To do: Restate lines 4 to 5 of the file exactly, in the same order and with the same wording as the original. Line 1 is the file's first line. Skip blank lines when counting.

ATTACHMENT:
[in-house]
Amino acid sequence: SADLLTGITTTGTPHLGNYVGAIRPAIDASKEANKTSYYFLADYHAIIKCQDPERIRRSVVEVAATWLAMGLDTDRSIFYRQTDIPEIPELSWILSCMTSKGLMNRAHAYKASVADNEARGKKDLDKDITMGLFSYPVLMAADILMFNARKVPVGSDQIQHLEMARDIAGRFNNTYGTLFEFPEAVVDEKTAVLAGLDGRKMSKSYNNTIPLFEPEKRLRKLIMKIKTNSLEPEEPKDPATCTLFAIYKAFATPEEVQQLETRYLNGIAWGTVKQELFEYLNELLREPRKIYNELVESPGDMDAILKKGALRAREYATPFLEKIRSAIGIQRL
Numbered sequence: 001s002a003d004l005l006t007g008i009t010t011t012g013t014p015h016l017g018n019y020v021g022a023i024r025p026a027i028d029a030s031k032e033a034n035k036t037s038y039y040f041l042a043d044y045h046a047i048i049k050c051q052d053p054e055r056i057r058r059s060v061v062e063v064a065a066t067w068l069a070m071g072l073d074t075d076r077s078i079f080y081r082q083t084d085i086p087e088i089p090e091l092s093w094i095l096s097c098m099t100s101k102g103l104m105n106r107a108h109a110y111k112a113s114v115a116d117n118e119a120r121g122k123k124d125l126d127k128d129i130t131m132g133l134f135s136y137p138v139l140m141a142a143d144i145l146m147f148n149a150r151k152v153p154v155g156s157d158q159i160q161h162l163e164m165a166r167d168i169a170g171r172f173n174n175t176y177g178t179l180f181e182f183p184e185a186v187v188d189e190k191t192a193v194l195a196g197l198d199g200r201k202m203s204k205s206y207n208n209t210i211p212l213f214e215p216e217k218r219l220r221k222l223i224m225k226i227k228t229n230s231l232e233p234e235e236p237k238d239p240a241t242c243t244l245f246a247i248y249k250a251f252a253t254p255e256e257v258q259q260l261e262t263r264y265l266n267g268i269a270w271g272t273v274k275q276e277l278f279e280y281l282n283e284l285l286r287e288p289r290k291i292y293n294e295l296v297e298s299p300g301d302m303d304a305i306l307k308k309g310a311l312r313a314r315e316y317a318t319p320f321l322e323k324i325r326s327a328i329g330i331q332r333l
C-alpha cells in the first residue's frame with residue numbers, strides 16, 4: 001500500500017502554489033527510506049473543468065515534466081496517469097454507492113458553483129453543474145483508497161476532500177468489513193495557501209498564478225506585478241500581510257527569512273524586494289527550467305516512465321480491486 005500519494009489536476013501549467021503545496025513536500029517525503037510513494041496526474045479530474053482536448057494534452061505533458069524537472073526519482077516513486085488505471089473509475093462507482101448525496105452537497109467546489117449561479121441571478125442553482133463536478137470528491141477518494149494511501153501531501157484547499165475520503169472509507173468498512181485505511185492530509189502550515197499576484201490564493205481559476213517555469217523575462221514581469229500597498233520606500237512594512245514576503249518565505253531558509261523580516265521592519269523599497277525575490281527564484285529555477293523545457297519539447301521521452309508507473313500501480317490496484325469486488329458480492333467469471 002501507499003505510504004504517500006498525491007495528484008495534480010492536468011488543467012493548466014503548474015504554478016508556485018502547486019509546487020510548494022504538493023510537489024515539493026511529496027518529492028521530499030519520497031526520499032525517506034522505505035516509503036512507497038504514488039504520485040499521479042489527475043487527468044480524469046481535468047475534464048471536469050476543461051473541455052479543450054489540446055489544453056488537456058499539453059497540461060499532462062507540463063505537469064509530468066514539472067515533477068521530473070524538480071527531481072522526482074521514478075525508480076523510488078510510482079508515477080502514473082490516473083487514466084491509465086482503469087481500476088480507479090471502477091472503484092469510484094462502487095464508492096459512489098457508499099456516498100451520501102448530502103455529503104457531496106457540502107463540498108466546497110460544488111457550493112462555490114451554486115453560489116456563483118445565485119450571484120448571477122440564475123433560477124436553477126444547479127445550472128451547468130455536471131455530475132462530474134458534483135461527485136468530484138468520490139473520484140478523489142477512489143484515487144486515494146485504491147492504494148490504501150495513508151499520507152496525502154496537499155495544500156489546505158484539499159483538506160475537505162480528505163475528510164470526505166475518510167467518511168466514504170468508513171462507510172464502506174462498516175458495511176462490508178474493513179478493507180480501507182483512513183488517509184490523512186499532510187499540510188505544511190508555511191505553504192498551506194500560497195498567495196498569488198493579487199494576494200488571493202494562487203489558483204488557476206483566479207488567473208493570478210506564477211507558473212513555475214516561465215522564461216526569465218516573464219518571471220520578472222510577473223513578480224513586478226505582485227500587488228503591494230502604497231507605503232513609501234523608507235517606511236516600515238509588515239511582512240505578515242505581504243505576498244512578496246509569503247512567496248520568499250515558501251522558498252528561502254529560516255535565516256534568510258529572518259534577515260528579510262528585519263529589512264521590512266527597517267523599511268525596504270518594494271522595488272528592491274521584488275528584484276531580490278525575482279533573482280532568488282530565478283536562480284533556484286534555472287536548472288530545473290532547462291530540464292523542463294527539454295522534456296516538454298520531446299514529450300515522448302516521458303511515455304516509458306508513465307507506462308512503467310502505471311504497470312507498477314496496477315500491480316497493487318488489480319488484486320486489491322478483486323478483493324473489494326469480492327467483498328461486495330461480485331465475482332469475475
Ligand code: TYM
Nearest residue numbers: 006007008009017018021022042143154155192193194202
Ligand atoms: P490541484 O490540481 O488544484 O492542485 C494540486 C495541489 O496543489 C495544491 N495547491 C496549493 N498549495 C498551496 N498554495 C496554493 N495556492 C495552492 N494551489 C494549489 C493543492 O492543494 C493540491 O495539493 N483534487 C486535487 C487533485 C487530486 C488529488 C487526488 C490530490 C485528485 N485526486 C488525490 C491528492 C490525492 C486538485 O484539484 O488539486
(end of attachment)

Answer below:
C-alpha cells in the first residue's frame with residue numbers, strides 16, 4: 001500500500017502554489033527510506049473543468065515534466081496517469097454507492113458553483129453543474145483508497161476532500177468489513193495557501209498564478225506585478241500581510257527569512273524586494289527550467305516512465321480491486 005500519494009489536476013501549467021503545496025513536500029517525503037510513494041496526474045479530474053482536448057494534452061505533458069524537472073526519482077516513486085488505471089473509475093462507482101448525496105452537497109467546489117449561479121441571478125442553482133463536478137470528491141477518494149494511501153501531501157484547499165475520503169472509507173468498512181485505511185492530509189502550515197499576484201490564493205481559476213517555469217523575462221514581469229500597498233520606500237512594512245514576503249518565505253531558509261523580516265521592519269523599497277525575490281527564484285529555477293523545457297519539447301521521452309508507473313500501480317490496484325469486488329458480492333467469471 002501507499003505510504004504517500006498525491007495528484008495534480010492536468011488543467012493548466014503548474015504554478016508556485018502547486019509546487020510548494022504538493023510537489024515539493026511529496027518529492028521530499030519520497031526520499032525517506034522505505035516509503036512507497038504514488039504520485040499521479042489527475043487527468044480524469046481535468047475534464048471536469050476543461051473541455052479543450054489540446055489544453056488537456058499539453059497540461060499532462062507540463063505537469064509530468066514539472067515533477068521530473070524538480071527531481072522526482074521514478075525508480076523510488078510510482079508515477080502514473082490516473083487514466084491509465086482503469087481500476088480507479090471502477091472503484092469510484094462502487095464508492096459512489098457508499099456516498100451520501102448530502103455529503104457531496106457540502107463540498108466546497110460544488111457550493112462555490114451554486115453560489116456563483118445565485119450571484120448571477122440564475123433560477124436553477126444547479127445550472128451547468130455536471131455530475132462530474134458534483135461527485136468530484138468520490139473520484140478523489142477512489143484515487144486515494146485504491147492504494148490504501150495513508151499520507152496525502154496537499155495544500156489546505158484539499159483538506160475537505162480528505163475528510164470526505166475518510167467518511168466514504170468508513171462507510172464502506174462498516175458495511176462490508178474493513179478493507180480501507182483512513183488517509184490523512186499532510187499540510188505544511190508555511191505553504192498551506194500560497195498567495196498569488198493579487199494576494200488571493202494562487203489558483204488557476206483566479207488567473208493570478210506564477211507558473212513555475214516561465215522564461216526569465218516573464219518571471220520578472222510577473223513578480224513586478226505582485227500587488228503591494230502604497231507605503232513609501234523608507235517606511236516600515238509588515239511582512240505578515242505581504243505576498244512578496246509569503247512567496248520568499250515558501251522558498252528561502254529560516255535565516256534568510258529572518259534577515260528579510262528585519263529589512264521590512266527597517267523599511268525596504270518594494271522595488272528592491274521584488275528584484276531580490278525575482279533573482280532568488282530565478283536562480284533556484286534555472287536548472288530545473290532547462291530540464292523542463294527539454295522534456296516538454298520531446299514529450300515522448302516521458303511515455304516509458306508513465307507506462308512503467310502505471311504497470312507498477314496496477315500491480316497493487318488489480319488484486320486489491322478483486323478483493324473489494326469480492327467483498328461486495330461480485331465475482332469475475
Ligand code: TYM